The provision in the preceding article shall in no way hinder the immediate organization of the Mixed Commission, which shall begin its studies no later than two months after the last ratification, in conformity with the provisions of the present Convention, without prejudice to so doing prior to the ratifications, should these be delayed, in order to take advantage of the dry or summer season.

Article X

Immediately following exchange of ratifications of this Conven­tion, whether the work of the Mixed Commission has begun or not. the Governments of Honduras and Nicaragua shall appoint their representatives, who, in conformity with Article IV. shall constitute

the arbitral Tribunal, in order that, by organizing themselves in a preliminary meeting, they may name the third arbitrator and so communicate it to the respective Ministers of Foreign Affairs, in order to obtain the acceptance of the appointee. If the latter should decline to serve they shall forthwith proceed to the appointment of another third arbitrator in the manner stipulated, and so on until the arbitral Tribunal shall have been organized.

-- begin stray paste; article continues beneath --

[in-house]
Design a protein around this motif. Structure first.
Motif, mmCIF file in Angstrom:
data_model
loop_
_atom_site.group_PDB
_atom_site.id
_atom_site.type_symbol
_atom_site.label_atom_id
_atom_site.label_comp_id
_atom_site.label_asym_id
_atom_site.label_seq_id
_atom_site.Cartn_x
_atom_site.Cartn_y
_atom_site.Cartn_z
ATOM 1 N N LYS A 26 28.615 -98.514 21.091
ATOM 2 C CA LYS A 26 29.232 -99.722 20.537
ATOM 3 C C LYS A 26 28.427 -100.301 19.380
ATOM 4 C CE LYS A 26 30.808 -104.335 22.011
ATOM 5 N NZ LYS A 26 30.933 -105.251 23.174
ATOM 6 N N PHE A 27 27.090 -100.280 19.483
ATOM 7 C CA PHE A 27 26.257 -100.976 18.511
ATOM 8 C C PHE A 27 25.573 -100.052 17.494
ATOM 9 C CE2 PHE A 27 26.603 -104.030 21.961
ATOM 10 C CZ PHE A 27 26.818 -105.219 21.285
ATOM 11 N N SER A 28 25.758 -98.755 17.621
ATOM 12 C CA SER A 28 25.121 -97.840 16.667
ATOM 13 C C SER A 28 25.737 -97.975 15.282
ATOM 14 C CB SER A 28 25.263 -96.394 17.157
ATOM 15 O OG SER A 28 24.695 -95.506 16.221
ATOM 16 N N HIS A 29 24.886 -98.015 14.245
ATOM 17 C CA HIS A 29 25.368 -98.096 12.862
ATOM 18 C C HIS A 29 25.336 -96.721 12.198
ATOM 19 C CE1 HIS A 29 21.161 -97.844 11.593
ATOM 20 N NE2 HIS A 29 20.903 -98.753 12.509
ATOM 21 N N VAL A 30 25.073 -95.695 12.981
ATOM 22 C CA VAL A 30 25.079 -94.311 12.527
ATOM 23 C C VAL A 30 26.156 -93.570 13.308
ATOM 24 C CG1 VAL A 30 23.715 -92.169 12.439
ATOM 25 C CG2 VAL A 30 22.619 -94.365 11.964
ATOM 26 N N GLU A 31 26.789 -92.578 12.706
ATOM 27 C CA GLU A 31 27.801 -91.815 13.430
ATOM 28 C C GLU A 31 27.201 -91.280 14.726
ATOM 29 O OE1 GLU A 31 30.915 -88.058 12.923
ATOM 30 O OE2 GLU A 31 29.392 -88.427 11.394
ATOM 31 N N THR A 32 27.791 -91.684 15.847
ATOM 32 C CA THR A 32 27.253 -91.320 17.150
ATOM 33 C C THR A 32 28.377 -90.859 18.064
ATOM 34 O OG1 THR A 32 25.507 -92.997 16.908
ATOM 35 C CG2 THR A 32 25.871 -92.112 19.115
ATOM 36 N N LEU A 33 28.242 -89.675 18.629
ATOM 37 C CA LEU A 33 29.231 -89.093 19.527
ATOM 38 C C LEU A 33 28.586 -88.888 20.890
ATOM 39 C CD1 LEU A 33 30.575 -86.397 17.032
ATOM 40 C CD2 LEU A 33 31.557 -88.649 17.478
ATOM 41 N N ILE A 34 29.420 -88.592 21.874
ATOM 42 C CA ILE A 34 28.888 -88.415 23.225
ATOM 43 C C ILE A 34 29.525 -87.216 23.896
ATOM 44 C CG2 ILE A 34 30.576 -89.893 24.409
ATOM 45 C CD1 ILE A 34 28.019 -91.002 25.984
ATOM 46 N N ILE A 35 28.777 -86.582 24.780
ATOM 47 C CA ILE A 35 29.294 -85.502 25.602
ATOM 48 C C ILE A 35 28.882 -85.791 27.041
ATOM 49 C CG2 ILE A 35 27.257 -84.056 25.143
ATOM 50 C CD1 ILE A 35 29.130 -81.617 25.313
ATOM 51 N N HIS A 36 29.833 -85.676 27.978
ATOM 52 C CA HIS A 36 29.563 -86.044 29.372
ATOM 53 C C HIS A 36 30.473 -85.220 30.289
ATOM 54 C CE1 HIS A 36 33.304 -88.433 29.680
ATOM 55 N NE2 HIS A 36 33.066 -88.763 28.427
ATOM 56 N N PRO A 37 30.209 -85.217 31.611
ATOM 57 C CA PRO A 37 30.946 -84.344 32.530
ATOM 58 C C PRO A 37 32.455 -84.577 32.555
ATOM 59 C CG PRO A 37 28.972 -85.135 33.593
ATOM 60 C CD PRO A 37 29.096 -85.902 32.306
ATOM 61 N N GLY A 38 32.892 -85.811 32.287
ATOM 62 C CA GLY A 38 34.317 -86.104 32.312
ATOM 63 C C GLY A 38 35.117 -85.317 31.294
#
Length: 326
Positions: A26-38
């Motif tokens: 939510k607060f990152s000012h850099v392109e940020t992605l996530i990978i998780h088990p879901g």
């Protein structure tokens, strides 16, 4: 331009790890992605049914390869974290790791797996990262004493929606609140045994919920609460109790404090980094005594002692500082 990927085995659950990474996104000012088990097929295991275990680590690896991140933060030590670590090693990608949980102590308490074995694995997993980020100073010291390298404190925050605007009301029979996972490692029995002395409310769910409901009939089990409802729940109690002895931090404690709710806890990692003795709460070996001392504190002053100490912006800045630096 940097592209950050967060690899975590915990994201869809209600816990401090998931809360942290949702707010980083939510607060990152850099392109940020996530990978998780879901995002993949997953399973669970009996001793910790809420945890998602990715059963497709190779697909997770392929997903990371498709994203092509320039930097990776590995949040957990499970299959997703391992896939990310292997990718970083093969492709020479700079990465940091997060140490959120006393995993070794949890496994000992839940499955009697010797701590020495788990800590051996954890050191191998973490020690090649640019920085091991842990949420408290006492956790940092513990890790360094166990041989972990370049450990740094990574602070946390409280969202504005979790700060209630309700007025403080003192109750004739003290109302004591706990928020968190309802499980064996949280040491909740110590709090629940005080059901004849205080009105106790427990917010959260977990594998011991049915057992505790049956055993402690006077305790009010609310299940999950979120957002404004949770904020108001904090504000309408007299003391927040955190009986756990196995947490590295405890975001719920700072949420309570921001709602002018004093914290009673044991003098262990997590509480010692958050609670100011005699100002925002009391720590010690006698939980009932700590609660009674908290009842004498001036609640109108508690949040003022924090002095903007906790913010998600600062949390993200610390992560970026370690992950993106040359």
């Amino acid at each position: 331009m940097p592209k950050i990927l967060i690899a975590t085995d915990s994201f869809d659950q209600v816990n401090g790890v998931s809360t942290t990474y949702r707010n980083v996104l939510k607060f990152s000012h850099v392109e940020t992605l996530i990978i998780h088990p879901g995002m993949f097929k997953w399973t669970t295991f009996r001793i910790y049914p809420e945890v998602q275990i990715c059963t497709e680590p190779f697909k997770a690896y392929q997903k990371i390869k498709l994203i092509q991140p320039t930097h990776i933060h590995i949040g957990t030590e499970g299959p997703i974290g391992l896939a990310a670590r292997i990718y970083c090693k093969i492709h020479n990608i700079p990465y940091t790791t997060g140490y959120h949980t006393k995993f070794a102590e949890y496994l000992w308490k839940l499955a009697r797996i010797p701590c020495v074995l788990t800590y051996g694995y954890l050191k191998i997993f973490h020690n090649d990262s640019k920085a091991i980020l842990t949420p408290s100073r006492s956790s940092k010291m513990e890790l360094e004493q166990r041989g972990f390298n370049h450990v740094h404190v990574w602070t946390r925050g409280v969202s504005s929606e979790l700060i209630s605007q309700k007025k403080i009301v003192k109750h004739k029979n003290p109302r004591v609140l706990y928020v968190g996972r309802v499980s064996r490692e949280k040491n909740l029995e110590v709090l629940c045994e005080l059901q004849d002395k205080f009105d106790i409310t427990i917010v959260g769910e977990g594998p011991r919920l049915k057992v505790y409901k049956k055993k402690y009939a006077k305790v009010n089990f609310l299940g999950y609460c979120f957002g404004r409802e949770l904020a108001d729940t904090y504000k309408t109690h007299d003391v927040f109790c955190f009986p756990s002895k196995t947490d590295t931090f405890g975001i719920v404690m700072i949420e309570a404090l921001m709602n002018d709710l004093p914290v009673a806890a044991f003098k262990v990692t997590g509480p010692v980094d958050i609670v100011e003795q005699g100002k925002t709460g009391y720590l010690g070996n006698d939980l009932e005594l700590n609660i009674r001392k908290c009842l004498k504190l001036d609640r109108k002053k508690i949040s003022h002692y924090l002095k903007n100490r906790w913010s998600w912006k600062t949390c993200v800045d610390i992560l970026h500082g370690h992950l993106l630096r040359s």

Article XI

The periods stipulated in this Treaty for the appointment of arbitrators, the initiation of studies, the ratifications and the exchange thereof, as well as any other periods herein fixed, shall not be fatal nor shall they in any way produce nullity.

The object of these periods has been to speed up the work; but if for any reason they cannot be complied with, it is the will of the High Contracting Parties that the negotiation be carried on to its conclusion in the manner herein stipulated, which is the one they deem most appropriate. To this end they agree that this Treaty shall be in force for a period of ten years, in case its execution should be interrupted, within which period it may be neither revised nor amended in any manner whatever, nor the matter of boundaries be settled by any other means.”

The Mixed Boundary Commission provided for in Article I of the Treaty met from 24 February 1900 onwards and succeeded in fixing the boundary from the Pacific Coast to the Portillo de Teote- cacinte; it was however unable to agree on the boundary from that point to the Atlantic Coast and recorded its disagreement at its meeting of 4 July 1901. With regard to the latter section of the boundary, the King of Spain handed down, on 23 December 1906, an arbitral award—hereinafter referred to as the Award—the operative part of which reads as follows: